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Finding Real Value for Public Health in Big Data

Big claims from big data haven’t yet been realized, but don’t lose hope—minor tweaks can dramatically improve a popular algorithm’s validity.
A graph depicting Google Flu Trends.
A graph depicting Google Flu Trends.

Media reports of public health breakthroughs made possible by big data have been largely oversold, according to a new study conducted at Harvard University, San Diego State University, and the Santa Fe Institute, published in the American Journal of Preventive Medicine.

“Many studies deserve praise for being the first of their kind, but if we actually began relying on the claims made by big data surveillance in public health, we would come to some peculiar conclusions,” said John W. Ayers, San Diego State University Graduate School of Public Health research professor and corresponding author of the study. “Some of these conclusions may even pose serious public health harm.”

But don’t throw away that data just yet.

The authors maintain that the promise of big data can be fulfilled by tweaking existing methodological and reporting standards. In the study, Ayers and his colleagues demonstrate this by revising the inner plumbing of the Google Flu Trends (GFT) digital disease surveillance system, which was heavily criticized last year (see here and here) after producing erroneous forecasts.

“Assuming you can’t use big data to improve public health is simply wrong,” added Ayers. “Existing shortcomings are a result of methodologies, not the data themselves.”

A solution for Google Flu Trends

In the first external revision proposed to GFT, Ayers and co-researchers Mauricio Santillana and David Zhang of the Harvard School of Engineering and Applied Sciences, and Benjamin Althouse with the Santa Fe Institute, explored new methods for using open-sourced, publicly available Google search archives to estimate influenza activity in real-time, an approach that can serve as a blueprint to fix broader shortcomings in public health surveillance.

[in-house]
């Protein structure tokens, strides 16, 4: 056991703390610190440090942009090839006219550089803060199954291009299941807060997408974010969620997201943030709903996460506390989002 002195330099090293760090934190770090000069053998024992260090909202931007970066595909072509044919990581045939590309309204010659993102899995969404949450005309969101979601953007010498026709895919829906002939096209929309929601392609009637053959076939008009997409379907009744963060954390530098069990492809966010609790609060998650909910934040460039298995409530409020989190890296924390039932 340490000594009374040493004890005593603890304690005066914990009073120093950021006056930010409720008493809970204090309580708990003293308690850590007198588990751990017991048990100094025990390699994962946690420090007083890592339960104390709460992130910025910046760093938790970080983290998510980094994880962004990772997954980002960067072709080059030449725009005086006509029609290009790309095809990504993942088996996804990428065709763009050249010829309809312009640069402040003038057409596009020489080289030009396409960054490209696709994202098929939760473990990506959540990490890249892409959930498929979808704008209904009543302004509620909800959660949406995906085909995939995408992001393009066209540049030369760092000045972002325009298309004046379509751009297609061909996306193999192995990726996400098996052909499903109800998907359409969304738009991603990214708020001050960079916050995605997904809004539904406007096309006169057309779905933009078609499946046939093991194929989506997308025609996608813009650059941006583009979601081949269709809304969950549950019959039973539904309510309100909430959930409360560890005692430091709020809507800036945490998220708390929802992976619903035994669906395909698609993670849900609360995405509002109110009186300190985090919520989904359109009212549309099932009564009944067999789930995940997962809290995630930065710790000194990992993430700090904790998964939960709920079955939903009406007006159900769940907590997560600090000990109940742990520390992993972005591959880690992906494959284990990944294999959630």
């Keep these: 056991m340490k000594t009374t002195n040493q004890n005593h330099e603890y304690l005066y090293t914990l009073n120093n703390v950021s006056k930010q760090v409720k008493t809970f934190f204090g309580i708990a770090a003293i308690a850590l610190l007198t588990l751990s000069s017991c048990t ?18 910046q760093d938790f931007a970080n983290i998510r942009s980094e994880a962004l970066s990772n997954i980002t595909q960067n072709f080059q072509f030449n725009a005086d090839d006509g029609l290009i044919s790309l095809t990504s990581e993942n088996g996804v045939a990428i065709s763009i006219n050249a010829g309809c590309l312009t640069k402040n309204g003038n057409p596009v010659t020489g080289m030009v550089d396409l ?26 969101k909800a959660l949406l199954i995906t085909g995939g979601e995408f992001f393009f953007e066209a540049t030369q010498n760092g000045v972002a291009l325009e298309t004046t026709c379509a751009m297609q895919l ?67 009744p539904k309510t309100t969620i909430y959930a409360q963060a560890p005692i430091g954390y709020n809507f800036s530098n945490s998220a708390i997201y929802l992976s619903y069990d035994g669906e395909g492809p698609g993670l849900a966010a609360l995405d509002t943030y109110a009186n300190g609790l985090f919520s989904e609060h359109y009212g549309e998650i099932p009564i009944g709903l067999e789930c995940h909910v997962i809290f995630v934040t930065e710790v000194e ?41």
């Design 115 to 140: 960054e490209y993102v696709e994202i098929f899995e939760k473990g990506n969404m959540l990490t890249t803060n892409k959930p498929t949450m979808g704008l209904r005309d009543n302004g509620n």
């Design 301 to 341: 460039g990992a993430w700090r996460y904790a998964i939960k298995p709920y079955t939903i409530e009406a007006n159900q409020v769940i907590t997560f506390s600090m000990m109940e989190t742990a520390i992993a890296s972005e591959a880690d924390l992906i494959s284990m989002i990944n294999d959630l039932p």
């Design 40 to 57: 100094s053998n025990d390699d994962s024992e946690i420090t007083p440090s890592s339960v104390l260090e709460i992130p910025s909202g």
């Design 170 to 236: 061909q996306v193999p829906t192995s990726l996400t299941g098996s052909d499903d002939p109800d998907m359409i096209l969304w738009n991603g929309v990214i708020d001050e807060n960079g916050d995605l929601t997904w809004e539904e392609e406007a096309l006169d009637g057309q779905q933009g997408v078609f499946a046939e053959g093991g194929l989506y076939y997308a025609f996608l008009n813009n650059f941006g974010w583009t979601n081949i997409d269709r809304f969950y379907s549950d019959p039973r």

To address GFT’s problems, the team significantly beefed up the existing GFT model. First, they expanded the model's ability to monitor how individual search queries correlated with patient data on influenza. Then, rather than relying on an investigator to provide subjective, periodic updates to the model, the team built in automatic updating, based on artificial intelligence techniques, that adjusts the weight given to any single query each week  to maximize predictive accuracy.

During the 2009 H1N1 pandemic and 2012/13 season — two critically important periods of influenza surveillance in the United States — the alternative method yielded more accurate influenza predictions than GFT every week, and was typically more accurate than GFT during other influenza seasons.

“With these tweaks, GFT could live up to the high expectations it originally aspired to,” Ayers said. “Still, the greatest strength of our model is how the queries being used to describe influenza trends are changing over time as search patterns change in the population or the model occasional underperforms due to false-positive queries.”

For example, during the 2012/2013 season, GFT predicted that 10.6% of the population had influenza like illness when only 6.1 percent did according to patient records. The team’s alternative significantly reduced the error in that prediction, estimating that 7.7 percent of people would have the flu. And within two weeks the model self-updated, considerably changing the weight given to certain queries that spiked during that time, improving the model for future performance.

What’s next for big data

“Big data is no substitute for good methods, and consumers need to better discern good from bad methods,” Ayers said.

To achieve these ends, digital disease surveillance researchers need greater transparency in the reporting of studies and better methods when using big data in public health, according to Ayers and his colleagues.

“When dealing with big data methods, it is extremely important to make sure they are transparent and free,” co-author Althouse added. “Reproducibility and validation are keystones of the scientific method, and they should be at the center of the big data revolution.”

Importantly, these criticisms shouldn’t be taken as an indictment of the promise of big data, or of the early attempts to wrangle it into something beneficial for the public, Ayers said. Now that the initial hype is wearing off, researchers can begin seriously exploring and testing the strengths and limitations of existing models and sharpening their methodologies.

“We certainly don’t want any single entity or investigator, let alone Google—which has been at the forefront of developing and maintaining these systems—to feel like they are unfairly the targets of our criticism,” Ayers said. “It’s going to take the entire community recognizing and rectifying existing shortcomings. When we do, big data will certainly yield big impacts.”
 

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